Background: Of new sexually transmitted infections (STIs) in the United States, 50% occur among youth aged 15 to 24 years. Previous studies among youth with HIV (YHIV) do not distinguish STI trends among individuals with perinatally (YPHIV) and nonperinatally (YNPHIV) acquired HIV.
Methods: Among 3 Adolescent Medicine Trials Network for HIV/AIDS Interventions (ATN) studies conducted between 2009 and 2015, we estimated incident diagnoses of trichomonal, bacterial, viral, and overall STIs stratified by sex assigned at birth, mode of HIV acquisition (perinatal [YPHIV] and nonperinatal [YNPHIV]), age (13-17 and 18-24 years), CD4 count (<200, 200-499, and ≥500/μL), and HIV viral load (VL) (<400 and ≥400 copies/mL).
Results: Among 3131 YHIV, across the 3 studies, mean (SD) age was 20.6 (2.6) years, 888 (28%) were female, 2498 (80%) had nonperinatal HIV acquisition recorded, and 2298 (73%) were African American/Black. Mean follow-up was 0.9 (0.3) years. Compared with YPHIV, YNPHIV spent less person-time with VL <400 copies/mL (47% vs. 53%) and more time off antiretroviral therapy (49% vs. 15%), and had higher overall STI rates (males, 65.9 vs. 8.5/100 person-years [PY]; females, 54.7 vs. 17.2/100 PY). Among YPHIV, bacterial STIs were higher during person-time spent with VL ≥400 vs. <400 copies/mL (male YPHIV, 10.9 vs. 0.6/100 PY; female YPHIV, 11.2 vs. 2.9/100 PY); no difference was observed among YNPHIV, which may be due to concurrent acquisition of HIV and other STIs and limited follow-up.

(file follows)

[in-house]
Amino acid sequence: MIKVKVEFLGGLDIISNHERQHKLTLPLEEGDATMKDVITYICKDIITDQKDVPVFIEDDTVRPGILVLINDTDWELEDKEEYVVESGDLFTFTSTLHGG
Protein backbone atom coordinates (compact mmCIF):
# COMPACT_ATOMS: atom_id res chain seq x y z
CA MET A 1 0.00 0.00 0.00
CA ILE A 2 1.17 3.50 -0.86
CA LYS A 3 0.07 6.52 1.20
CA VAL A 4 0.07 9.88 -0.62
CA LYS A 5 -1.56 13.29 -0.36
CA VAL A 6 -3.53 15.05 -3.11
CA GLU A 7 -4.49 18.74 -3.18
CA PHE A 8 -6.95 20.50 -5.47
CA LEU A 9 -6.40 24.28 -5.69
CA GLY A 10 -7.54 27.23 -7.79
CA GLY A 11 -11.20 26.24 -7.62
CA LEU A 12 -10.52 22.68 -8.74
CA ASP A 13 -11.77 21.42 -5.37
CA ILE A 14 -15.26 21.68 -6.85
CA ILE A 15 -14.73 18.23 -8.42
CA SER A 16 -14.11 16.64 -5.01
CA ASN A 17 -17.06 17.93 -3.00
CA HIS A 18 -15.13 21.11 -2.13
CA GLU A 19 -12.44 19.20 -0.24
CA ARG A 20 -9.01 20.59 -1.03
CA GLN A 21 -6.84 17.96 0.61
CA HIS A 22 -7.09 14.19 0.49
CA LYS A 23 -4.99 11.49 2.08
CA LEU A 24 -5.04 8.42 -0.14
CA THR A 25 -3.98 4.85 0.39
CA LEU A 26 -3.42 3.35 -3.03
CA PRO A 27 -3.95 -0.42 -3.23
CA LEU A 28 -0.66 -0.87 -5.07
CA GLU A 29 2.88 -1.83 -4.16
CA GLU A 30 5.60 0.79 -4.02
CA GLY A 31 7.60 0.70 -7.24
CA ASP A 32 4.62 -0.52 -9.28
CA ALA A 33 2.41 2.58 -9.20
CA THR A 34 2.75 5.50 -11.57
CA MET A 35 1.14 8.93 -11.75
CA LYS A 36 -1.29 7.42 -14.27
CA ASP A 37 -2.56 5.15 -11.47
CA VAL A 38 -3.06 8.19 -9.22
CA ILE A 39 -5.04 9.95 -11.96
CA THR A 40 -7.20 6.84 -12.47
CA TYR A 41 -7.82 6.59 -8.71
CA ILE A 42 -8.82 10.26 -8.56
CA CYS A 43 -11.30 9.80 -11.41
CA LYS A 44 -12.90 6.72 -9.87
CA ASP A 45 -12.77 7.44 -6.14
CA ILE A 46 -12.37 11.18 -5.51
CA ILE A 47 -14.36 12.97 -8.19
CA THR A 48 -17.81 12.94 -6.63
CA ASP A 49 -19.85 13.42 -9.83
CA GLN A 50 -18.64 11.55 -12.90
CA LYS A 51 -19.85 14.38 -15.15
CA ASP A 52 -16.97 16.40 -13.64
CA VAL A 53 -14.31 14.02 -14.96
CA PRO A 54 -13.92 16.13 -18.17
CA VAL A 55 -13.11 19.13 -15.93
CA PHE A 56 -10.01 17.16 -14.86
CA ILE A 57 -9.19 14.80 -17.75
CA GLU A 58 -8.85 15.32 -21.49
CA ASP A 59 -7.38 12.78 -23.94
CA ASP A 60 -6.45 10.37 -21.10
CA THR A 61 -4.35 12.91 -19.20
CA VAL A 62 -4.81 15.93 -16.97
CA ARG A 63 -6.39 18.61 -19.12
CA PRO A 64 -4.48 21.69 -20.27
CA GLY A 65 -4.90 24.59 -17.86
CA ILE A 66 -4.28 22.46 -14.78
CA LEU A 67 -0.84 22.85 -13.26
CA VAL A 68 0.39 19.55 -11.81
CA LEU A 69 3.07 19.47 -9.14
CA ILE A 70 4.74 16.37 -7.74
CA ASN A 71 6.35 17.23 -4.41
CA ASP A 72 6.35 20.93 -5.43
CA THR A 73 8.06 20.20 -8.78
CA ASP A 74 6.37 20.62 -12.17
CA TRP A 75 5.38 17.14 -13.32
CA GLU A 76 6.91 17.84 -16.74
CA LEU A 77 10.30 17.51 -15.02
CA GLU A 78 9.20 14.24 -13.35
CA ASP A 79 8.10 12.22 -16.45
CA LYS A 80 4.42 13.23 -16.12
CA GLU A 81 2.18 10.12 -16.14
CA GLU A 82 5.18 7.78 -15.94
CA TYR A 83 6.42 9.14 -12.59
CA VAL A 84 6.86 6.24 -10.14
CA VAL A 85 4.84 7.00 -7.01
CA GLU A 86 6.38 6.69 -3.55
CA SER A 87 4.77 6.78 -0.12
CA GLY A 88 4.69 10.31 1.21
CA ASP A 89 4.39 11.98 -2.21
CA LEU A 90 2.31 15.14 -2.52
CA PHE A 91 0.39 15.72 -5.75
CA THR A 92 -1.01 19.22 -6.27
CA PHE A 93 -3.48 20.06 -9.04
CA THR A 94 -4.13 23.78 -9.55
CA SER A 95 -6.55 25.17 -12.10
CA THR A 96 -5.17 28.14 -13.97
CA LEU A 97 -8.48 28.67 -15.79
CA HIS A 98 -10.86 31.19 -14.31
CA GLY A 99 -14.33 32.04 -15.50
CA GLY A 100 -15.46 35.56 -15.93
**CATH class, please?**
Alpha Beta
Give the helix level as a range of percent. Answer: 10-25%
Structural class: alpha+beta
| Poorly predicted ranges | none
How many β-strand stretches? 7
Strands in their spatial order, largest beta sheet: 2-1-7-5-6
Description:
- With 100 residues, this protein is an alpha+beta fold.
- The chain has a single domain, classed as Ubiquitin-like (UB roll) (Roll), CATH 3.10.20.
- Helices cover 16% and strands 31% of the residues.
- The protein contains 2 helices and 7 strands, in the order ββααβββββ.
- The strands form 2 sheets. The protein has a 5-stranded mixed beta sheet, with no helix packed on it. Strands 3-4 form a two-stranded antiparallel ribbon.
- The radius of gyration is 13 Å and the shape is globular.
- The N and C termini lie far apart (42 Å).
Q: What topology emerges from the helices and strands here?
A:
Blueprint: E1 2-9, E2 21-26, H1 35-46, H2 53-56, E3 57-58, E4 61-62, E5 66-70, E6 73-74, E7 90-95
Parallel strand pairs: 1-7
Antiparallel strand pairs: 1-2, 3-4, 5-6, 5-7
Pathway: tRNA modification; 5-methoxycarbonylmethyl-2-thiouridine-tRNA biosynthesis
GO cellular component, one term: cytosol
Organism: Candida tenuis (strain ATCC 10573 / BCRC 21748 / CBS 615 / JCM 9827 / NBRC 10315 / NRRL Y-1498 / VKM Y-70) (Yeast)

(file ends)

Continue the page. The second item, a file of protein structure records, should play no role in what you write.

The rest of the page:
Conclusions: Compared with YPHIV, YNPHIV spent less time on antiretroviral therapy and virologically suppressed; YNPHIV also had higher STI diagnosis rates. Very high STI diagnosis rates among YHIV, including among those without virologic suppression, highlight the importance of youth-focused efforts to support durable virologic suppression and identify and treat STIs.
Copyright © 2021 The Author(s). Published by Wolters Kluwer Health, Inc. on behalf of the American Sexually Transmitted Diseases Association.